I will confess it up front. I love this book. Yes, it's long. It was originally published in three volumes in paperback, in the late 1980s. That made sense from a physical size point of view; it doesn't make sense in terms of the story. This is, like The Lord of the Rings, a long, single novel. It is, as another review commented, a murder mystery in which the mystery is never solved, and features a conspiracy which is partially but never completely explained. We don't get all the answers. That's part of what makes it the fascinating, complex book that it is. Ariane Emory is over a century old, a scientist, head of Reseune, the primary cloning facility on Cyteen, the primary planet of the political entity Union, in Cherryh's Union-Alliance universe. Union and Alliance have a lot of reasons for their conflict, but one of them is the azi, Reseune's clones. Along with being genetically designed to have certain aptitudes and traits, they are also tape-trained from birth to both educate and condition them to their intended roles. They don't have a normal range of free will, though neither are they anything close to automata. There's also internal conflict, both inside Union, and inside Reseune. We see Ariane Emory, or Ari, as very intelligent, very capable, with what may be good goals, but very, very Machiavellian. She's involved in a contest of will that in part involves another clone designer, Jordan Warrick, his cloned son Justin (a clone, but not an azi; Justin is a citizen), and Justin's azi companion, Grant. And then, quite suddenly, Ari is dead, and it appears to be murder, and of all the people who might have wanted her dead, Jordan Warrick is the one who was there. The bulk of this novel is about Ari II, a clone of Ariane Emory, initially a deep, deep secret. She's not just a clone, like Justin. She's intended to be a true recreation of Ariane Emory, with all her abilities and ruthlessness. It's not the plotters we identify with. It is, on the one hand, Justin and Grant, living under constant suspicion and surveillance, and on the other hand, Ari II, struggling to understand how she's being manipulated and why. As a young child, friends she has too much conflict with disappear, they and their families being transferred to distant locations like Fargone Station. Her Maman, Jane Stassen, gets transferred to Fargone without Ari, when she's barely preteen, for reasons that never make sense to her. Her uncles, Denis and Geraud Nye, major powers in Reseune, are her guardians--and Denis at least seems loving and kind, but even at this young age she knows there's more going on than she's being told. It's not clear how much the Nyes and their allies understood how determined and devious young Ari would be in looking for the answers. And along the way, Ari is introduced to the resources Ari I left behind for her, because Ari did plan this even if her death didn't happen as she anticipated, and we start to learn a great deal more about the original Ari, about Reseune, about Union, and about the Nyes. Ari II also starts to acquire friends and allies of her own. Everyone here is more complicated, layered, and conflicted than they appear at first glance. It's long, complicated, intricate, absorbing. Highly recommended, though I reluctantly concede that no, it's not for everyone. But, really, highly recommended. I bought this audiobook.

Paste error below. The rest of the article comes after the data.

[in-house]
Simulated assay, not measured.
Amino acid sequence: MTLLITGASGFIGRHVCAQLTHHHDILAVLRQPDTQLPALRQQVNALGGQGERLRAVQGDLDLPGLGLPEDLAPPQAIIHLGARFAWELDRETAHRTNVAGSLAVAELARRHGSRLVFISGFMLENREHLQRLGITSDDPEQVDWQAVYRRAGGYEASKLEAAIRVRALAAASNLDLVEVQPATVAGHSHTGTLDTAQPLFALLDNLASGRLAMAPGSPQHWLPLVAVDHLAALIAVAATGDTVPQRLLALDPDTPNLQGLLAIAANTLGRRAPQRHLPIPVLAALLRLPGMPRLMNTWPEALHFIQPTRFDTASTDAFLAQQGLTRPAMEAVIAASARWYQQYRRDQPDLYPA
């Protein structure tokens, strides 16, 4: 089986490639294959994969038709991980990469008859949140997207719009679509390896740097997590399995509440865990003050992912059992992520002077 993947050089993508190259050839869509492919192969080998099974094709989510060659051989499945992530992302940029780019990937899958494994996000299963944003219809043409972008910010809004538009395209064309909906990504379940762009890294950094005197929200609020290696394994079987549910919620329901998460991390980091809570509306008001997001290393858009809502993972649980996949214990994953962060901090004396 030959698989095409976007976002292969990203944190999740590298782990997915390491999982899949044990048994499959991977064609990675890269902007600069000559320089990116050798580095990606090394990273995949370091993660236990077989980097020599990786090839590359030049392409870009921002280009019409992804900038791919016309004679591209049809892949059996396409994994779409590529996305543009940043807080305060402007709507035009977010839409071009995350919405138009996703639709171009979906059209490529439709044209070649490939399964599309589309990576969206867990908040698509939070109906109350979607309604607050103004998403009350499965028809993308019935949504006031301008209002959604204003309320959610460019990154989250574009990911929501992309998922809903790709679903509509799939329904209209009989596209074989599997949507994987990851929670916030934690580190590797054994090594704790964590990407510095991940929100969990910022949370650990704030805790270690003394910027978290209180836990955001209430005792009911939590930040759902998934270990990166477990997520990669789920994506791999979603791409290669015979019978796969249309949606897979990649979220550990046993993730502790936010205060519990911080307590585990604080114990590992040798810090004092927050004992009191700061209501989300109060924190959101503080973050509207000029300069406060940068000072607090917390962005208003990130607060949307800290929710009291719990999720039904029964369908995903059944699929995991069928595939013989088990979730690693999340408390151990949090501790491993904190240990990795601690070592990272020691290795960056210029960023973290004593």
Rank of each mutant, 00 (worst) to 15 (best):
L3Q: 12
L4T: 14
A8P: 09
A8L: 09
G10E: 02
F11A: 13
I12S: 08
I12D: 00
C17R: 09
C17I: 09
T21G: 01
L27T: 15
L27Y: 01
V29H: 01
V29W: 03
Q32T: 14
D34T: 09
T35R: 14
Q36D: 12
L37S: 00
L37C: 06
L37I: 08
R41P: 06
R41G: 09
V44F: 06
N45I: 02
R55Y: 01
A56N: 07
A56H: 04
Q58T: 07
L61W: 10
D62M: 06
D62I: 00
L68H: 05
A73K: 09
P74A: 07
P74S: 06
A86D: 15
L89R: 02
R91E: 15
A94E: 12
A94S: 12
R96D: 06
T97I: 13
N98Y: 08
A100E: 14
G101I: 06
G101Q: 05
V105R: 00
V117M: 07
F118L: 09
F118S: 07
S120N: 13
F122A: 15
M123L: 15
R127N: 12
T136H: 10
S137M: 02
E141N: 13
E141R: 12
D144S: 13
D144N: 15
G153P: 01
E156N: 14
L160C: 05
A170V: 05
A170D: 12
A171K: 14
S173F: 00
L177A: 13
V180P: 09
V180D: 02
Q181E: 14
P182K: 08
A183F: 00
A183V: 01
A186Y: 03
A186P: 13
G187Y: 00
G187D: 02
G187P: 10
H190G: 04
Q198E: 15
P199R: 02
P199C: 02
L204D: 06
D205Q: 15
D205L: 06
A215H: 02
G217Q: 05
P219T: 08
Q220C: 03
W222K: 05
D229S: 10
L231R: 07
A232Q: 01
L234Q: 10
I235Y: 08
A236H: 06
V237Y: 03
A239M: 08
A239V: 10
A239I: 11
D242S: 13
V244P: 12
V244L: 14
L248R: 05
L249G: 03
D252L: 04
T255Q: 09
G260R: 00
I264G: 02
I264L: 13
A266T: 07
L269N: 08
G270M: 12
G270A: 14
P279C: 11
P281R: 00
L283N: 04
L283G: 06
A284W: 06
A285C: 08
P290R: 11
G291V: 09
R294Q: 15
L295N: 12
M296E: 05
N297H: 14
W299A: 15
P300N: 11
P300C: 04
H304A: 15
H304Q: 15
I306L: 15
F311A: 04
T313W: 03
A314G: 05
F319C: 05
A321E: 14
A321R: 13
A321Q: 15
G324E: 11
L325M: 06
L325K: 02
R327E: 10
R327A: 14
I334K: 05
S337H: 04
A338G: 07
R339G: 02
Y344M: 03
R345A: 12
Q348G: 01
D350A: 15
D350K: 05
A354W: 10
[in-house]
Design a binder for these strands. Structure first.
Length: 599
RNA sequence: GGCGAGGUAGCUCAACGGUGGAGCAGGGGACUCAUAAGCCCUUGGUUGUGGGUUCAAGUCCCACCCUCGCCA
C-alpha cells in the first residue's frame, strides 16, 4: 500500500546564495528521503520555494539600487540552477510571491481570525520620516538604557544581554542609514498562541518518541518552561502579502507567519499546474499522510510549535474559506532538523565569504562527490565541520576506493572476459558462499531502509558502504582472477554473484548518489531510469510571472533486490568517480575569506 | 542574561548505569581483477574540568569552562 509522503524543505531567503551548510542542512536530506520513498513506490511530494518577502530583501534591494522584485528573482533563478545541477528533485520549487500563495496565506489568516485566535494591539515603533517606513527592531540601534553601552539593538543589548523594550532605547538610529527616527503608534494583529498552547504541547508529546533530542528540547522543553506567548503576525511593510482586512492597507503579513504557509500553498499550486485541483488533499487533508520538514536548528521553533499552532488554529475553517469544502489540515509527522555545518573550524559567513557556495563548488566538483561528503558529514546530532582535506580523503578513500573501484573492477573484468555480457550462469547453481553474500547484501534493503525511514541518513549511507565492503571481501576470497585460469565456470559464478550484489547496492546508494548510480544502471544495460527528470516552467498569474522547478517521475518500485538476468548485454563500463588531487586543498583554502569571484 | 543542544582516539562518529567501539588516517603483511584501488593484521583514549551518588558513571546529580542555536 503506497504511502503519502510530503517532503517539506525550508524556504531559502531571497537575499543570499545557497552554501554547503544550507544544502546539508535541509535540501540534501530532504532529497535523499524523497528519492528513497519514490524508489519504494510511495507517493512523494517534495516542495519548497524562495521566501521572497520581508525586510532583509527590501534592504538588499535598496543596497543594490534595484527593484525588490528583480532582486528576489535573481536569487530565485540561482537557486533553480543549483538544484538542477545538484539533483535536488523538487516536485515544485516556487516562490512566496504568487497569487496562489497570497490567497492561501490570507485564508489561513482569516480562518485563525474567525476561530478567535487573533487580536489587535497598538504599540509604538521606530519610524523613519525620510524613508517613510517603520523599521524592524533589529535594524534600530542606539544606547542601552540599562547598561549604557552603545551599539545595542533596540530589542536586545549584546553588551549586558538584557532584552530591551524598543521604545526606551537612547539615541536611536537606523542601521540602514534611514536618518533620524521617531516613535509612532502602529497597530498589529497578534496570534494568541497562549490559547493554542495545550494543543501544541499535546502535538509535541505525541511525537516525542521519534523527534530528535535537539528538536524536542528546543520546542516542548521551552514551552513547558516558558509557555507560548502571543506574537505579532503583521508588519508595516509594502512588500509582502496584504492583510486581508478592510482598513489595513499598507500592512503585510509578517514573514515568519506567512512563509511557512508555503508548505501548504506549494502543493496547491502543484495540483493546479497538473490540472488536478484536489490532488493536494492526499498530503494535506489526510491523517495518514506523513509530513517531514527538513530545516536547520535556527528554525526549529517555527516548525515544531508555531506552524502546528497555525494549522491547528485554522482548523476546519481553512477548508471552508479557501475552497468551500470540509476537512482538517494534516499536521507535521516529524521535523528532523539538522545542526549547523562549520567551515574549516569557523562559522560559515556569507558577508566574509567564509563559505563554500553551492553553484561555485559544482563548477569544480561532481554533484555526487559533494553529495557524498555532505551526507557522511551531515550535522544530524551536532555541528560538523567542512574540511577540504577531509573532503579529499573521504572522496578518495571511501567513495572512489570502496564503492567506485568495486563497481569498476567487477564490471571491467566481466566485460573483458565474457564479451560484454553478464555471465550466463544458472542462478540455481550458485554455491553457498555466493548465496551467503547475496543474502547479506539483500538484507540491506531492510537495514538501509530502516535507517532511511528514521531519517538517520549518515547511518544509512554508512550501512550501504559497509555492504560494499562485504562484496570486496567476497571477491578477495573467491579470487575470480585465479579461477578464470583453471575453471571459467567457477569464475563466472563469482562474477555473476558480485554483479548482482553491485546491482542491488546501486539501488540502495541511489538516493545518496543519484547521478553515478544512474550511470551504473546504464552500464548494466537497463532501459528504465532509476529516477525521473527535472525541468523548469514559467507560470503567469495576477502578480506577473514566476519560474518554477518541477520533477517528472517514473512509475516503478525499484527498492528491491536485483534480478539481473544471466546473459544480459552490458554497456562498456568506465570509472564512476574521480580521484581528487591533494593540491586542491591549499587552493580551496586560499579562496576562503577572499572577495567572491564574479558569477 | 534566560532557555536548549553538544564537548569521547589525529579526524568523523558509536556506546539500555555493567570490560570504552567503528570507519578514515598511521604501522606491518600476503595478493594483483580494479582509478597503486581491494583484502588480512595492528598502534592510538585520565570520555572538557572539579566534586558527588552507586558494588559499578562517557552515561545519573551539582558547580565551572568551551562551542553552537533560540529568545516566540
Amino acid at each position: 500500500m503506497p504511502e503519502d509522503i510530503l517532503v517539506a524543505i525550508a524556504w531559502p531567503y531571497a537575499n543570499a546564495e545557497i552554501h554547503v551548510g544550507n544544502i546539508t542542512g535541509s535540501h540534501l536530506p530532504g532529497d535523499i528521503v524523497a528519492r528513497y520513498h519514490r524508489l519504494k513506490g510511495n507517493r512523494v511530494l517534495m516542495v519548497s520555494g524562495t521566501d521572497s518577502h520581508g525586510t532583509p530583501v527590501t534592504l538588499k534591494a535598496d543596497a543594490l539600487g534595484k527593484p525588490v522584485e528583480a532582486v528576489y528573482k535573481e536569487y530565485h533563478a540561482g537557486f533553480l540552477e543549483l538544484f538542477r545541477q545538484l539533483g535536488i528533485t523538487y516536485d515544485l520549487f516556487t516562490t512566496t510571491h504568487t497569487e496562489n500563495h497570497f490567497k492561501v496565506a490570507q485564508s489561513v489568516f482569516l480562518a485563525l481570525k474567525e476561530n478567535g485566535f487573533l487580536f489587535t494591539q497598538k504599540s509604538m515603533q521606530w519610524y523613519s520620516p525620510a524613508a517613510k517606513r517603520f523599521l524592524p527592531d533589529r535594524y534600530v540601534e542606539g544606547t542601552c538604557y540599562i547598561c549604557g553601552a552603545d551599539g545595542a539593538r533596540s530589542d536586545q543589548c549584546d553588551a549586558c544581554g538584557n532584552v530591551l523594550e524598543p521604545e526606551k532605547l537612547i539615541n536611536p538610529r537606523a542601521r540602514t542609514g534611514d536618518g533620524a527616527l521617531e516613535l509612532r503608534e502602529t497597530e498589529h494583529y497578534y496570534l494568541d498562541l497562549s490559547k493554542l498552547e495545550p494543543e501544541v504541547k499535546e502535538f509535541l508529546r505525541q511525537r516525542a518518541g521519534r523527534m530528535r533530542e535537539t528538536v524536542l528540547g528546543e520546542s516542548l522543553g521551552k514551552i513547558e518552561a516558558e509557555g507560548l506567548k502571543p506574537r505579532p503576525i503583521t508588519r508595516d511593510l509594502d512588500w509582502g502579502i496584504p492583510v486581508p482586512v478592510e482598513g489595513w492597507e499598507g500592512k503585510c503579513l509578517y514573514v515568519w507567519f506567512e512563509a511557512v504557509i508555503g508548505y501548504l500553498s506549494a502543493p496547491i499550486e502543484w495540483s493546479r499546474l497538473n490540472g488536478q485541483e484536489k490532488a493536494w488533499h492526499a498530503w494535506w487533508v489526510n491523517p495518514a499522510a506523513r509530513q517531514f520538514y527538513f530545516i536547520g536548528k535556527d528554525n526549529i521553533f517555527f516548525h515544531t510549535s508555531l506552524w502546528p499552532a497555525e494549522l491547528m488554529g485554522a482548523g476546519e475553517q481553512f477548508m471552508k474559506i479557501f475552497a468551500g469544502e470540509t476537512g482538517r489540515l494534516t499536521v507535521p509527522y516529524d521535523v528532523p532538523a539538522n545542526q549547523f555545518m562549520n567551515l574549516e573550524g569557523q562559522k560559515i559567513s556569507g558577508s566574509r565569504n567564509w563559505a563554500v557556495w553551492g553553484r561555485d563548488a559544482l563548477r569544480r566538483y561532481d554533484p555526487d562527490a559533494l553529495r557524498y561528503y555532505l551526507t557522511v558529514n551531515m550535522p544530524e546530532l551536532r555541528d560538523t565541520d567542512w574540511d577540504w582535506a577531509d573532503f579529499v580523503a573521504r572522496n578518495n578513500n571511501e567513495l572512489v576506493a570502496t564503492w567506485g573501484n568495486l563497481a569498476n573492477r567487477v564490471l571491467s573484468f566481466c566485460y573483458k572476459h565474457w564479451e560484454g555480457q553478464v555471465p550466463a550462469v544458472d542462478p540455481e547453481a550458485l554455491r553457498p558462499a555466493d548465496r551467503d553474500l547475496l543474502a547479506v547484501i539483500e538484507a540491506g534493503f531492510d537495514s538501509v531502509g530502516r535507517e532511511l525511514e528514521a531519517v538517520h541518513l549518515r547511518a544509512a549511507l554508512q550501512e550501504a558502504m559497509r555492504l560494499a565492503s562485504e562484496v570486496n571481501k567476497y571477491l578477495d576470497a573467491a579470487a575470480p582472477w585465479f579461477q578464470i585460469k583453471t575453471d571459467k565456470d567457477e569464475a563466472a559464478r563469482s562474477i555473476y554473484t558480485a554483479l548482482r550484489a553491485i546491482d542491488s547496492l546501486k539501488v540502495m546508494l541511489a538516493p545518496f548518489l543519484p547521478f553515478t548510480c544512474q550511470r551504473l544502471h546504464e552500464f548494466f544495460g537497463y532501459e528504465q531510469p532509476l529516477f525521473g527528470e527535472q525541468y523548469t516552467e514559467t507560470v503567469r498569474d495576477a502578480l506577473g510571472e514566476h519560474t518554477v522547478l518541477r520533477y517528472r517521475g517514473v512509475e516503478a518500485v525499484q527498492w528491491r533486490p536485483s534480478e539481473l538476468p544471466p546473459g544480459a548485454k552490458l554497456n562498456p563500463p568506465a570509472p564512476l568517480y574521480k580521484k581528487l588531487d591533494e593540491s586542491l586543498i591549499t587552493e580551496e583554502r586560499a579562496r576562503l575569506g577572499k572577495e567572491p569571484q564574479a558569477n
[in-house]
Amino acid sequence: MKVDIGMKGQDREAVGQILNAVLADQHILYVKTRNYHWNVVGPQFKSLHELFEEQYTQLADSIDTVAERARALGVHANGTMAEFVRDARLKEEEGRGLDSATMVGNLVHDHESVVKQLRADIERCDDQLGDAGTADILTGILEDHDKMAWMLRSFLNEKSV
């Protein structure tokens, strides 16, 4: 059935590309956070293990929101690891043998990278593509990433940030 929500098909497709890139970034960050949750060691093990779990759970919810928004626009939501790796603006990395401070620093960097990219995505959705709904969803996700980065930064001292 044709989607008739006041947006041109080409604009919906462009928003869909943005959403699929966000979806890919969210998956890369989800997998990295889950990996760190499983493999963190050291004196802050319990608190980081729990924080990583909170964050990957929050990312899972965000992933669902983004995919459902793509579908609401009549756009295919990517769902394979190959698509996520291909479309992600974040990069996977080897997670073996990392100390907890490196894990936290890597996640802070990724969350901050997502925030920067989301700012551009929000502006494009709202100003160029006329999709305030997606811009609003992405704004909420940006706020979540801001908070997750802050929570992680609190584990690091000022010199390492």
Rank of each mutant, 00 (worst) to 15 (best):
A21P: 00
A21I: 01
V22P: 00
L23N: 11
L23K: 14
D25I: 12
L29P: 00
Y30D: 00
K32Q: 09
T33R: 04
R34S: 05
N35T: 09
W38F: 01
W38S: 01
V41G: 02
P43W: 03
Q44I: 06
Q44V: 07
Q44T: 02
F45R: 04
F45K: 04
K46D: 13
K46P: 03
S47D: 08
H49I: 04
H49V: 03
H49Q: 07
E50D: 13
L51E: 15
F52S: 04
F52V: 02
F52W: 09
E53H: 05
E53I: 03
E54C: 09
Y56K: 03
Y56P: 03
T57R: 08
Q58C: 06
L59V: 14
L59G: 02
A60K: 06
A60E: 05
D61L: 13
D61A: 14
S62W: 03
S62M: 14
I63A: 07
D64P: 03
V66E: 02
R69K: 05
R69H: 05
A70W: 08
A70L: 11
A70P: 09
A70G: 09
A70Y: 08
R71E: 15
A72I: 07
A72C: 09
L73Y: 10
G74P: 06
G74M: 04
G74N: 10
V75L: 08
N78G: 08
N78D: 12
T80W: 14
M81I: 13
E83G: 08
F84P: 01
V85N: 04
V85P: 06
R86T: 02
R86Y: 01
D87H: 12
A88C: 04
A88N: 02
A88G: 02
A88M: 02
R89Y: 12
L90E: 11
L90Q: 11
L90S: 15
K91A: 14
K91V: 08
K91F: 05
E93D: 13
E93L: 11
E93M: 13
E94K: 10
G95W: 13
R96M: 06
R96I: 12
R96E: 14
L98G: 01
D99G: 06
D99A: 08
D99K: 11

3 people found this helpful